The pleasant parts of the internet seemed to be curated by human beings, not algorithms. For my writing to find its way in this netherworld, I needed to have a rough sense of how information flowed down there. The pattern was this: words flowed from the periphery to the centers. This was a surprisingly rapid stream. Then the words cascaded from the center down in a broader but slower stream to the periphery again.
Or put more simply: The social structure of the internet is shaped far more by humans than it is by algorithms. If we were to draw it on a map, it would look like a river, branching out in every direction.
A New Age of Blogging
How you choose to embark on that river is entirely up to you. But in the past year, and now more than ever, there are people that are embarking on a path of discovery once again.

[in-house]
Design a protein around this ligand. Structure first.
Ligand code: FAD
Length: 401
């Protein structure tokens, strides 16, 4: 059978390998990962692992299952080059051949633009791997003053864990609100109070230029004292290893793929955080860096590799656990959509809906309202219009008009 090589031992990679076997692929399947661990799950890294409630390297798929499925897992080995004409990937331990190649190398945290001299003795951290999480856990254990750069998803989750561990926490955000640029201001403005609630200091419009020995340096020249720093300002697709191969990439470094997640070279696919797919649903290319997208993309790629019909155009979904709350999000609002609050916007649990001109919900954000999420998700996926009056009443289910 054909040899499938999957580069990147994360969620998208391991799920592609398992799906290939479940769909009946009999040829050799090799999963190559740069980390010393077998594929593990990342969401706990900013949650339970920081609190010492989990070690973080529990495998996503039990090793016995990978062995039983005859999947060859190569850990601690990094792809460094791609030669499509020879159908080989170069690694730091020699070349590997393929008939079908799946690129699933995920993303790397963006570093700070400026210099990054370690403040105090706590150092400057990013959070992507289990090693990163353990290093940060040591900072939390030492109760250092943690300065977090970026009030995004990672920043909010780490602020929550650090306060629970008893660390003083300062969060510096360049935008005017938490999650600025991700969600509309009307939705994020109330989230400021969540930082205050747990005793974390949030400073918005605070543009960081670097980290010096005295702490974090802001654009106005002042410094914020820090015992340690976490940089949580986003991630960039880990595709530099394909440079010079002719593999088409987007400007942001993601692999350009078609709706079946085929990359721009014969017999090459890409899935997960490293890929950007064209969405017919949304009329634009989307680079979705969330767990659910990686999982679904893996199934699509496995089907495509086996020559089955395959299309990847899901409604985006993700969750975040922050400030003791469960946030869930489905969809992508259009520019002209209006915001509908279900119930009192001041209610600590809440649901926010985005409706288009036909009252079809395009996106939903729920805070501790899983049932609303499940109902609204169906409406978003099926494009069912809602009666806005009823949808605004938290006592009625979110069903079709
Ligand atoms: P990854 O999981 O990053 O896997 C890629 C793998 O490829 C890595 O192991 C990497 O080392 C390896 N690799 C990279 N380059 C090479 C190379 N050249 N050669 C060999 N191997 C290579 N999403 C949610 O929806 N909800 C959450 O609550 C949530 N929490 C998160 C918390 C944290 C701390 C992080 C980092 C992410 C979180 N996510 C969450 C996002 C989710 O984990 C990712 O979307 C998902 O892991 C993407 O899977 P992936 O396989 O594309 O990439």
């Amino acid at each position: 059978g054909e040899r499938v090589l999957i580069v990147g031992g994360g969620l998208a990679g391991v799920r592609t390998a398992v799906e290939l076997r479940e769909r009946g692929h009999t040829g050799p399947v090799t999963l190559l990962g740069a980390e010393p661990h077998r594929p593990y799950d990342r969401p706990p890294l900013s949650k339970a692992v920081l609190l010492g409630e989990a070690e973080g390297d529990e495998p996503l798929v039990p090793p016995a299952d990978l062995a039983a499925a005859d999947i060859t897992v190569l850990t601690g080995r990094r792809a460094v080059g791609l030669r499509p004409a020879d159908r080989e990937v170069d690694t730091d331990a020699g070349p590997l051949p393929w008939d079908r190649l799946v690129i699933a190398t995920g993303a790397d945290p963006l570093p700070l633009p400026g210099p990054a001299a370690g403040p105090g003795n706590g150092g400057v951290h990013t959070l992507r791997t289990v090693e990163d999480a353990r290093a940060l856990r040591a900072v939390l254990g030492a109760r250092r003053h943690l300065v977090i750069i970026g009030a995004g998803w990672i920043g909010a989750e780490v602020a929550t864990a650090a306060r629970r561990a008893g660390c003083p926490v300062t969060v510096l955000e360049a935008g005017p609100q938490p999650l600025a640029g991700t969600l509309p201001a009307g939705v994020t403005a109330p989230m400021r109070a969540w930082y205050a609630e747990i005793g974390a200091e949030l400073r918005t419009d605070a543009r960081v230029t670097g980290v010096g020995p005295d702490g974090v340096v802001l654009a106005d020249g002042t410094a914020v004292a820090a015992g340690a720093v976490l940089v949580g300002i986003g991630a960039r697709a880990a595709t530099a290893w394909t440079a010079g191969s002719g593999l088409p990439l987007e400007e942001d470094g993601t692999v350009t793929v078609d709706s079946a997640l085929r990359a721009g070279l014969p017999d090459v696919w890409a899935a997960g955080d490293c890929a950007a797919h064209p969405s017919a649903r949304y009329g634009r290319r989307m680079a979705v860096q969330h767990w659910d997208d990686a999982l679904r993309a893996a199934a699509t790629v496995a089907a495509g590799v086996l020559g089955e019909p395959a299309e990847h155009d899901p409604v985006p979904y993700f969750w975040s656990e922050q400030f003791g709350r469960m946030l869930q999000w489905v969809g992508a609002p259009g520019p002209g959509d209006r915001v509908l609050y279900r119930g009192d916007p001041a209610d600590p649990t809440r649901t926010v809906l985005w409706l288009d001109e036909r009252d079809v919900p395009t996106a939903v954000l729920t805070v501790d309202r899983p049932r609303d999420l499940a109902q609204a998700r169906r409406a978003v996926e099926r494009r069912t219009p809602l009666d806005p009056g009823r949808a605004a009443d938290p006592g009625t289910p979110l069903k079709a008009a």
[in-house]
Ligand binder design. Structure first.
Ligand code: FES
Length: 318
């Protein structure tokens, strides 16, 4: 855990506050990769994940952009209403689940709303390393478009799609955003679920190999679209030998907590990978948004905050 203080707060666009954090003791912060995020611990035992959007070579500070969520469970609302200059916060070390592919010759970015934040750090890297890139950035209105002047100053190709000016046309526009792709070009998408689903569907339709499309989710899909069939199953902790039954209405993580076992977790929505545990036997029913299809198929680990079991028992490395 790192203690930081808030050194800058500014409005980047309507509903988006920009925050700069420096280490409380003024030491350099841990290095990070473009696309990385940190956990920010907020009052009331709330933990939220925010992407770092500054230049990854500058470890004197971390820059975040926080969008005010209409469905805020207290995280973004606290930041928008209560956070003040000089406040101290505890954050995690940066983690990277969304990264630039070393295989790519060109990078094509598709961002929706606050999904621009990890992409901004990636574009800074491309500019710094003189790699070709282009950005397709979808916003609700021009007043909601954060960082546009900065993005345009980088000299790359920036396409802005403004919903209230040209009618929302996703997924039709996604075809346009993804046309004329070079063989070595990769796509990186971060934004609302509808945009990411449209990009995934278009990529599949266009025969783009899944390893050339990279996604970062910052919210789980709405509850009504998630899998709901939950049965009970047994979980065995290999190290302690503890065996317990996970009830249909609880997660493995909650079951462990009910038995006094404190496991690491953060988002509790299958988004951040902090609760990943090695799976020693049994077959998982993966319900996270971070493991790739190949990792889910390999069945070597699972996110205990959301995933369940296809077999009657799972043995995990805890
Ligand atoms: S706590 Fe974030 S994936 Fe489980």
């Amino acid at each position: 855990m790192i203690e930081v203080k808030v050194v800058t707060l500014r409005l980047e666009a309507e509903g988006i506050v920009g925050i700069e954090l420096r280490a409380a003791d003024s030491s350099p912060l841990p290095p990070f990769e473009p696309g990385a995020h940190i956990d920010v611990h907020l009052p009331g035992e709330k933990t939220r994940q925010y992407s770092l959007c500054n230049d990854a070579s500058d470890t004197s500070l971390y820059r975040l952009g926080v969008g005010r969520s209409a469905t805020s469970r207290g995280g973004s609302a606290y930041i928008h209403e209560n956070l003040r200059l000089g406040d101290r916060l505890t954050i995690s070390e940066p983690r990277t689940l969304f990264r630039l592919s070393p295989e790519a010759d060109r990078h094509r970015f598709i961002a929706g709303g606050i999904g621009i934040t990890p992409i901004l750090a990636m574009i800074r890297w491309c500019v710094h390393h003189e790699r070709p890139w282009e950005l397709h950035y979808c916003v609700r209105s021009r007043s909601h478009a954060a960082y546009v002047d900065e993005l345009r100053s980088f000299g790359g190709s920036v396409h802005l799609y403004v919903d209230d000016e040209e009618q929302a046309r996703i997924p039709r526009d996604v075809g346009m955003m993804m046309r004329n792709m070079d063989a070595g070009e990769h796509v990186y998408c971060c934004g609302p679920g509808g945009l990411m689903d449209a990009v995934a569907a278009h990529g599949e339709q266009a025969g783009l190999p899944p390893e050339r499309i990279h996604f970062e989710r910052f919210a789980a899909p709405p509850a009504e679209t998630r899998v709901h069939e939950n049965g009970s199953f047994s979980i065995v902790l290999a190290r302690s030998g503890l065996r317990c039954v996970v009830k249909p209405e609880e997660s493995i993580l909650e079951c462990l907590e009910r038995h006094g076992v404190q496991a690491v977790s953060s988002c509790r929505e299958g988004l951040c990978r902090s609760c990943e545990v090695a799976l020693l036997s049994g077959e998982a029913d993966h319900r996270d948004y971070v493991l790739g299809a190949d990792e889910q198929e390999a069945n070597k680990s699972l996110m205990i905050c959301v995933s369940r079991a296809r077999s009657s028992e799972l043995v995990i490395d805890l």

Maybe it’s plain old RSS (which Chris Coyier will tell you, totally works).
Maybe it’s building a digital garden, which has gained traction all over the web, but perhaps no where more precisely defined than on Maggie Appleton’s site.
Maybe you could build a world, like Zhu recommends.
But the blogging of today won’t look like the blogging of 2002. There are too many things that have changed. The web is bigger, It is more divisive and more complicated and the need for moderated discussion is great. As the blogging revolution is reflected through this new cycle, it will look like something different.
And maybe what’s missing now is simply connection. Simon Renyolds:
Today, there are still plenty of active music blogs I enjoy reading. But what’s changed – what’s gone – is inter-blog communication. The argumentative back and forth, the pass-the-baton discussions that rippled across the scene, the spats and the feuds – these are things of the past